We recently had the opportunity to chat with Nicole Marchand, CEO & Co-Founder of Grit Capital, a capital market advisory firm based in Toronto, Canada.
Grit was founded on the belief that modern markets require a modern strategy. Along with Genevieve Roch-Decter, the other half of Grit, Nicole has carved out a niche in millennial investment themes which include Cannabis, Technology, FinTech, and Consumer Products – some of the largest and innovative growth sectors in North America.
Read on to find out why Nicole believes IR professionals remain essential, the importance of being active on social media, and what investment opportunities may present themselves post-COVID-19.
Tell us a bit about your professional experience and how you came to form Grit Capital with Genevieve?
Marchand: My background started in finance. I worked in investment banking, focusing on mergers and acquisitions. I kind of sat at my desk every day thinking that there has to be a better use of my time and energy. I was always really passionate about starting my own business. So I started my own IR firm. I did that for three years and then really felt like I needed to learn a bit more.
While I worked in institutional equity sales, that’s where Genevieve and I became close. She was one of my clients we became friends over several years. When she decided to leave her family business, we got together and saw a real need to turn the IR world upside down. So, we set out to do things differently. Together, we wanted to add kind of an element of fun to the world of finance…An area that been traditionally looked at in kind of a boring way. We made it our goal was to entertain and delight both our clients and investors. Another big differentiator was the fact that we chose to focus on the social media aspect of our business. Early on, we started building our Instagram and social media, which has now grown to over 150,000 followers. That has differentiated us from competitors.
Grit differentiates itself by showcasing its clients to investors through a blend of traditional and modern investor relations. How important is it to utilize digital tactics to reach today’s investor?
Marchand: It’s incredibly, incredibly important – especially right now as we deal with COVID-19, and people are staying connected on digital social media platforms. In recent years, we’ve seen that people are not digesting news in the traditional manner such as TV or newspapers as much. They’re on Instagram. They’re on Tik Tok. They’re on Twitch. Following these digital trends has been vastly important to Grit. As I mentioned, we’ve grown our followers over one hundred fifty thousand. So we think of our social media as having our personal TV channel where we can broadcast themes and thoughts efficiently and effectively. Every day we get thousands of views on our posts. And this is important to our clients because a CEO can be focussing on his business and executing while we can focus on promoting them and putting them in front of investors through our social media platforms.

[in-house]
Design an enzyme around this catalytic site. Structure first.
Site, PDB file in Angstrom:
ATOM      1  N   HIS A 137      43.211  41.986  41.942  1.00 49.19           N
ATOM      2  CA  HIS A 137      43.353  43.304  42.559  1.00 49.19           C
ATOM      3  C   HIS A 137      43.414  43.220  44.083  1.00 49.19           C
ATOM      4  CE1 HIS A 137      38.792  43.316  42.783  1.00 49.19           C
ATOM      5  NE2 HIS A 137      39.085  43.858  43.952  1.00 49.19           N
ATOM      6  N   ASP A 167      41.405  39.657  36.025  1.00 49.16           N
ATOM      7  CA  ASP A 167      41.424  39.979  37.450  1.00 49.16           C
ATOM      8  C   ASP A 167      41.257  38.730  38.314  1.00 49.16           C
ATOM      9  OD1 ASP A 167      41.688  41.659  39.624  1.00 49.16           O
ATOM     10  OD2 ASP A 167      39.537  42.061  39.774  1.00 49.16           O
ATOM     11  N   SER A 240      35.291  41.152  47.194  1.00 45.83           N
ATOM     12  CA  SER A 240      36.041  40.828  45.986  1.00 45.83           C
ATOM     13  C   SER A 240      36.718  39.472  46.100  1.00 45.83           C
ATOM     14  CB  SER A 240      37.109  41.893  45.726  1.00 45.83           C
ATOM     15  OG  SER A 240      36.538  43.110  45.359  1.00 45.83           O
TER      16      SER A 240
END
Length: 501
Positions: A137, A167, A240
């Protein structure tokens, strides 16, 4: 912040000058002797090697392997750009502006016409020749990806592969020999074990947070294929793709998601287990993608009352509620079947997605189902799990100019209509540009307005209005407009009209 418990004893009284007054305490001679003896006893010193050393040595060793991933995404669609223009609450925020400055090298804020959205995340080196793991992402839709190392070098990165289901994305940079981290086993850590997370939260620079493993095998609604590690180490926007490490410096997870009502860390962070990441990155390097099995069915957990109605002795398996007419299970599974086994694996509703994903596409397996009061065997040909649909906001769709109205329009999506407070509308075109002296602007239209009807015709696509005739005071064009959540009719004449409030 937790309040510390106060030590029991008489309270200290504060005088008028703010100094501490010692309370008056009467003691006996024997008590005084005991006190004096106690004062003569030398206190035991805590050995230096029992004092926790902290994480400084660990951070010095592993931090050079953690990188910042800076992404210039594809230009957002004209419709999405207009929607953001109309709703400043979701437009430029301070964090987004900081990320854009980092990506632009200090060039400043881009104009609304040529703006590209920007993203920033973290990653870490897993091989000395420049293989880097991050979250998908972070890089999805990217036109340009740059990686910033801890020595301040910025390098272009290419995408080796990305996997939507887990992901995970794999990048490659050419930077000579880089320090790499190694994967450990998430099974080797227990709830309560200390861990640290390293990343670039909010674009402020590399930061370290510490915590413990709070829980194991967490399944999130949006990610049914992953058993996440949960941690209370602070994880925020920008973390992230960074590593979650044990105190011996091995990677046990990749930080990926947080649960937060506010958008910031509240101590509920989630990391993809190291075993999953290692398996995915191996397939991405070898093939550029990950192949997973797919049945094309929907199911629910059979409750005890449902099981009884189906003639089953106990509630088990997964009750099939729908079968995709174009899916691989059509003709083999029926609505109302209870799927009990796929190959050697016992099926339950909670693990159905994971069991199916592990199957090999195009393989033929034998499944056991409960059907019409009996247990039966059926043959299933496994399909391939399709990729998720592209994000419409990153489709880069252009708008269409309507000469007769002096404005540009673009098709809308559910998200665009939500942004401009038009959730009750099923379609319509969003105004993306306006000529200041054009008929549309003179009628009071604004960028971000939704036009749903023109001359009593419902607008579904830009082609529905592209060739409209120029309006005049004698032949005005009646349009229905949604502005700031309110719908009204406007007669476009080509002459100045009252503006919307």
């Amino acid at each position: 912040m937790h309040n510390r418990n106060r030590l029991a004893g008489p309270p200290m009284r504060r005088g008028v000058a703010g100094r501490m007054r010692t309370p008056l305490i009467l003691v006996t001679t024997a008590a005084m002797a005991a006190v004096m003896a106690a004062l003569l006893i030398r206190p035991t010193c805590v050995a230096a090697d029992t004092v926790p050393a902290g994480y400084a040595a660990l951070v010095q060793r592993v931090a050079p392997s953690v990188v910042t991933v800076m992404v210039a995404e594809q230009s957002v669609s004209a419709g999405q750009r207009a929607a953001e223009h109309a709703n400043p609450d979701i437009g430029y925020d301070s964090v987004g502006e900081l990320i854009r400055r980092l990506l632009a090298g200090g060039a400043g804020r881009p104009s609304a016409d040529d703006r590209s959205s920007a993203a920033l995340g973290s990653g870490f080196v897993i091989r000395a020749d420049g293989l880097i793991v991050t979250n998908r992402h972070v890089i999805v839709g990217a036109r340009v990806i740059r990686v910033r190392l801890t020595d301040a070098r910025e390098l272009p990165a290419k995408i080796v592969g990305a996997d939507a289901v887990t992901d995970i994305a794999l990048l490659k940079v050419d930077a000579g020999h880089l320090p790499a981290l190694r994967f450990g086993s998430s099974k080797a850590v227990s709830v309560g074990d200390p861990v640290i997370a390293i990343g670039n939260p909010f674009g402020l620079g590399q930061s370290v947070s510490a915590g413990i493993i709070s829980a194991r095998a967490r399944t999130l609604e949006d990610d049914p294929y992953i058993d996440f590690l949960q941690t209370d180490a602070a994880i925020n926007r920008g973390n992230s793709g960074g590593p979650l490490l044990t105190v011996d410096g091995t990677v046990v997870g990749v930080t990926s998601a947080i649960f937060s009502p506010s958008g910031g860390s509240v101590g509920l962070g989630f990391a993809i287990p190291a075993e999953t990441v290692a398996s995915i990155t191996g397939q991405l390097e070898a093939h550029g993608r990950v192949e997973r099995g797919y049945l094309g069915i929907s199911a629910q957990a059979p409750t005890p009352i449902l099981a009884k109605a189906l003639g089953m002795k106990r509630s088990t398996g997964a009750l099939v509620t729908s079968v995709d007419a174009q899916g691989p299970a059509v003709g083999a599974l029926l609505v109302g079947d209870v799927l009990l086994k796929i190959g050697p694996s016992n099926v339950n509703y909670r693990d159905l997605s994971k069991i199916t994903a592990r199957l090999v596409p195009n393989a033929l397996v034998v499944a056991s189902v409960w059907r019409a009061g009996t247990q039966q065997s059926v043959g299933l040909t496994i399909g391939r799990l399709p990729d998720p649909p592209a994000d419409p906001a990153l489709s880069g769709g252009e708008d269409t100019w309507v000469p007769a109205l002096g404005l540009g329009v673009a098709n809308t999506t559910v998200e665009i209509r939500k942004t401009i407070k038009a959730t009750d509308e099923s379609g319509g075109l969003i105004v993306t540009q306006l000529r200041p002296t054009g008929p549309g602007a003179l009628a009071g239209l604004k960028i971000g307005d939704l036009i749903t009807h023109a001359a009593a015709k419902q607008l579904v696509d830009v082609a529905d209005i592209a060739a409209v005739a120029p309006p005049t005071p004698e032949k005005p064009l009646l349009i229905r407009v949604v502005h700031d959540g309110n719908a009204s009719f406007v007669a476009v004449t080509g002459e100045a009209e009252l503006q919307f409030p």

Obviously COVID-19 has been putting a strain on economies and markets all over the world! What advice do you have for investors about how to weather this storm?
Marchand: It’s back to basics. For me, the number one thing is looking for companies that are well-capitalized to weather the storm. That means that they have sufficient cash and can survive long term. A secondary focus would be looking at businesses that are actually going to prosper during the coronavirus. So these are businesses that are targeting at-home fitness, tech that makes it possible to work from home, things like that. These businesses are going to do well through COVID-19 and afterwards.
That transitions nicely into my next question. What sectors do you see do well now and post-COVID?
Marchand: A sector we’re focussed on is right now gold. With governments around the world printing so much money and entering a time of unprecedented financial instability, we think gold is a very good place to be. Even after COVID, I think gold is going to be a very important investment vehicle.
Our next focus is on digital health. Right now, people are unable to go to their doctor’s office to access health care like they used to. We’ve noticed there are a lot of really innovative companies that are offering health services without you having to be face-to-face, whether that telemedicine or online counselling!